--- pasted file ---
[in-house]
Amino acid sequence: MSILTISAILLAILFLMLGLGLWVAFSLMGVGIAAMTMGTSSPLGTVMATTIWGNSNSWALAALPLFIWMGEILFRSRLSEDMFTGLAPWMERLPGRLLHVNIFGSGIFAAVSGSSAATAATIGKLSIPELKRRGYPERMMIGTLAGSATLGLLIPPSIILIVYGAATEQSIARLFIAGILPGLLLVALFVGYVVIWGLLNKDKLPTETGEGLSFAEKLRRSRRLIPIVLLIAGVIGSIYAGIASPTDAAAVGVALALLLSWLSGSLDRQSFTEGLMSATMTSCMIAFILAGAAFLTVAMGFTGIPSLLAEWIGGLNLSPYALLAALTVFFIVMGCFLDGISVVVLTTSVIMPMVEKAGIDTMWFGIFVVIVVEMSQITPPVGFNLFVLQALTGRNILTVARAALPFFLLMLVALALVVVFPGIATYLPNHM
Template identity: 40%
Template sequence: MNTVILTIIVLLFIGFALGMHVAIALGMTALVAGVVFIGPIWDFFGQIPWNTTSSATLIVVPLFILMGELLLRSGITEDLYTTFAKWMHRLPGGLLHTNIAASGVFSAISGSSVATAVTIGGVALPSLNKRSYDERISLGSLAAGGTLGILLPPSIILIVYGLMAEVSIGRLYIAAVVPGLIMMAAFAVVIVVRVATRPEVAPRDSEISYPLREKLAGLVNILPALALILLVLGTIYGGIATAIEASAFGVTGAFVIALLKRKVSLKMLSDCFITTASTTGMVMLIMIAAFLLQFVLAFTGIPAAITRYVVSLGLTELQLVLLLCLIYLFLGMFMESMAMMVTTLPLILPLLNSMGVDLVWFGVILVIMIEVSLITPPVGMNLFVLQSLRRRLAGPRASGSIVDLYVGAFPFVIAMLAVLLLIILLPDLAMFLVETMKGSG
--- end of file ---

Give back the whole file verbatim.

[in-house]
Amino acid sequence: MSILTISAILLAILFLMLGLGLWVAFSLMGVGIAAMTMGTSSPLGTVMATTIWGNSNSWALAALPLFIWMGEILFRSRLSEDMFTGLAPWMERLPGRLLHVNIFGSGIFAAVSGSSAATAATIGKLSIPELKRRGYPERMMIGTLAGSATLGLLIPPSIILIVYGAATEQSIARLFIAGILPGLLLVALFVGYVVIWGLLNKDKLPTETGEGLSFAEKLRRSRRLIPIVLLIAGVIGSIYAGIASPTDAAAVGVALALLLSWLSGSLDRQSFTEGLMSATMTSCMIAFILAGAAFLTVAMGFTGIPSLLAEWIGGLNLSPYALLAALTVFFIVMGCFLDGISVVVLTTSVIMPMVEKAGIDTMWFGIFVVIVVEMSQITPPVGFNLFVLQALTGRNILTVARAALPFFLLMLVALALVVVFPGIATYLPNHM
Template identity: 40%
Template sequence: MNTVILTIIVLLFIGFALGMHVAIALGMTALVAGVVFIGPIWDFFGQIPWNTTSSATLIVVPLFILMGELLLRSGITEDLYTTFAKWMHRLPGGLLHTNIAASGVFSAISGSSVATAVTIGGVALPSLNKRSYDERISLGSLAAGGTLGILLPPSIILIVYGLMAEVSIGRLYIAAVVPGLIMMAAFAVVIVVRVATRPEVAPRDSEISYPLREKLAGLVNILPALALILLVLGTIYGGIATAIEASAFGVTGAFVIALLKRKVSLKMLSDCFITTASTTGMVMLIMIAAFLLQFVLAFTGIPAAITRYVVSLGLTELQLVLLLCLIYLFLGMFMESMAMMVTTLPLILPLLNSMGVDLVWFGVILVIMIEVSLITPPVGMNLFVLQSLRRRLAGPRASGSIVDLYVGAFPFVIAMLAVLLLIILLPDLAMFLVETMKGSG